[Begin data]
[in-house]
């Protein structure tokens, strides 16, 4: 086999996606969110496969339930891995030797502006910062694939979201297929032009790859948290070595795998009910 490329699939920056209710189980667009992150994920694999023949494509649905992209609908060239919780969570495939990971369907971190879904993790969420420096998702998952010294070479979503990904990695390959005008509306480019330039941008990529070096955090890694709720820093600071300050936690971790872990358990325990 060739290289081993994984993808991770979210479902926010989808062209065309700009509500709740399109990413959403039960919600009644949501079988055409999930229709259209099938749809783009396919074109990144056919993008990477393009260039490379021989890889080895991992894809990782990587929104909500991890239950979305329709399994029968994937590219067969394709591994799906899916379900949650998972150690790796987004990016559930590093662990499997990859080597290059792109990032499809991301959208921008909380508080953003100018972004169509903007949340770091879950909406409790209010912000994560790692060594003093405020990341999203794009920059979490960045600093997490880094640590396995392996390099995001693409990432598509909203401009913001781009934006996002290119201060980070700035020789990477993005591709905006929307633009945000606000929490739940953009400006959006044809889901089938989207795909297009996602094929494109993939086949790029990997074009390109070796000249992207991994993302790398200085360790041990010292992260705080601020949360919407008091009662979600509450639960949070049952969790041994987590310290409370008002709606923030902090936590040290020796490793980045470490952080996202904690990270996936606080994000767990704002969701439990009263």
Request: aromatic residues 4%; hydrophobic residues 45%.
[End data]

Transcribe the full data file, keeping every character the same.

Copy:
[in-house]
């Protein structure tokens, strides 16, 4: 086999996606969110496969339930891995030797502006910062694939979201297929032009790859948290070595795998009910 490329699939920056209710189980667009992150994920694999023949494509649905992209609908060239919780969570495939990971369907971190879904993790969420420096998702998952010294070479979503990904990695390959005008509306480019330039941008990529070096955090890694709720820093600071300050936690971790872990358990325990 060739290289081993994984993808991770979210479902926010989808062209065309700009509500709740399109990413959403039960919600009644949501079988055409999930229709259209099938749809783009396919074109990144056919993008990477393009260039490379021989890889080895991992894809990782990587929104909500991890239950979305329709399994029968994937590219067969394709591994799906899916379900949650998972150690790796987004990016559930590093662990499997990859080597290059792109990032499809991301959208921008909380508080953003100018972004169509903007949340770091879950909406409790209010912000994560790692060594003093405020990341999203794009920059979490960045600093997490880094640590396995392996390099995001693409990432598509909203401009913001781009934006996002290119201060980070700035020789990477993005591709905006929307633009945000606000929490739940953009400006959006044809889901089938989207795909297009996602094929494109993939086949790029990997074009390109070796000249992207991994993302790398200085360790041990010292992260705080601020949360919407008091009662979600509450639960949070049952969790041994987590310290409370008002709606923030902090936590040290020796490793980045470490952080996202904690990270996936606080994000767990704002969701439990009263």
Request: aromatic residues 4%; hydrophobic residues 45%.